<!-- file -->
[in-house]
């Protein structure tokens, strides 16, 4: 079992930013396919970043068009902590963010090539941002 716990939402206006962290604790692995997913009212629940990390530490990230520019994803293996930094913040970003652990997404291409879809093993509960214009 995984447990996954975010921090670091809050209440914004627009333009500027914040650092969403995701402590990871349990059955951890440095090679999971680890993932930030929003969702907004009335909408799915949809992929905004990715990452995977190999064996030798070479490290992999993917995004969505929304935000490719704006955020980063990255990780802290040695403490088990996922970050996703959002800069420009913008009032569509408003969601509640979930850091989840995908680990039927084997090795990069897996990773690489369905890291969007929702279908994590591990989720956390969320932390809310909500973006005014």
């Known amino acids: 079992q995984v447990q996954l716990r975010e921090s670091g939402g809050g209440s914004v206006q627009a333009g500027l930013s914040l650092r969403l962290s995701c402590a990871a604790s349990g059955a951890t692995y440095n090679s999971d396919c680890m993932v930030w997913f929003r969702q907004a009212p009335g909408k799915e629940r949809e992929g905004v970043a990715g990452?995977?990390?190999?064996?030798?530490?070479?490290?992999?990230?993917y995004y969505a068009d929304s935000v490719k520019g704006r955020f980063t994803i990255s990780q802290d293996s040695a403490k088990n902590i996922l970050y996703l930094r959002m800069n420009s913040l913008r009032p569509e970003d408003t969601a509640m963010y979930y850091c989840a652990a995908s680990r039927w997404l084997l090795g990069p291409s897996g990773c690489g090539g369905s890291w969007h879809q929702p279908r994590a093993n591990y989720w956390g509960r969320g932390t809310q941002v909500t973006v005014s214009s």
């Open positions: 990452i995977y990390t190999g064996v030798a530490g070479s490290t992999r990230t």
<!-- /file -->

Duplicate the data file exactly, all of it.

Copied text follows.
[in-house]
């Protein structure tokens, strides 16, 4: 079992930013396919970043068009902590963010090539941002 716990939402206006962290604790692995997913009212629940990390530490990230520019994803293996930094913040970003652990997404291409879809093993509960214009 995984447990996954975010921090670091809050209440914004627009333009500027914040650092969403995701402590990871349990059955951890440095090679999971680890993932930030929003969702907004009335909408799915949809992929905004990715990452995977190999064996030798070479490290992999993917995004969505929304935000490719704006955020980063990255990780802290040695403490088990996922970050996703959002800069420009913008009032569509408003969601509640979930850091989840995908680990039927084997090795990069897996990773690489369905890291969007929702279908994590591990989720956390969320932390809310909500973006005014």
């Known amino acids: 079992q995984v447990q996954l716990r975010e921090s670091g939402g809050g209440s914004v206006q627009a333009g500027l930013s914040l650092r969403l962290s995701c402590a990871a604790s349990g059955a951890t692995y440095n090679s999971d396919c680890m993932v930030w997913f929003r969702q907004a009212p009335g909408k799915e629940r949809e992929g905004v970043a990715g990452?995977?990390?190999?064996?030798?530490?070479?490290?992999?990230?993917y995004y969505a068009d929304s935000v490719k520019g704006r955020f980063t994803i990255s990780q802290d293996s040695a403490k088990n902590i996922l970050y996703l930094r959002m800069n420009s913040l913008r009032p569509e970003d408003t969601a509640m963010y979930y850091c989840a652990a995908s680990r039927w997404l084997l090795g990069p291409s897996g990773c690489g090539g369905s890291w969007h879809q929702p279908r994590a093993n591990y989720w956390g509960r969320g932390t809310q941002v909500t973006v005014s214009s």
């Open positions: 990452i995977y990390t190999g064996v030798a530490g070479s490290t992999r990230t």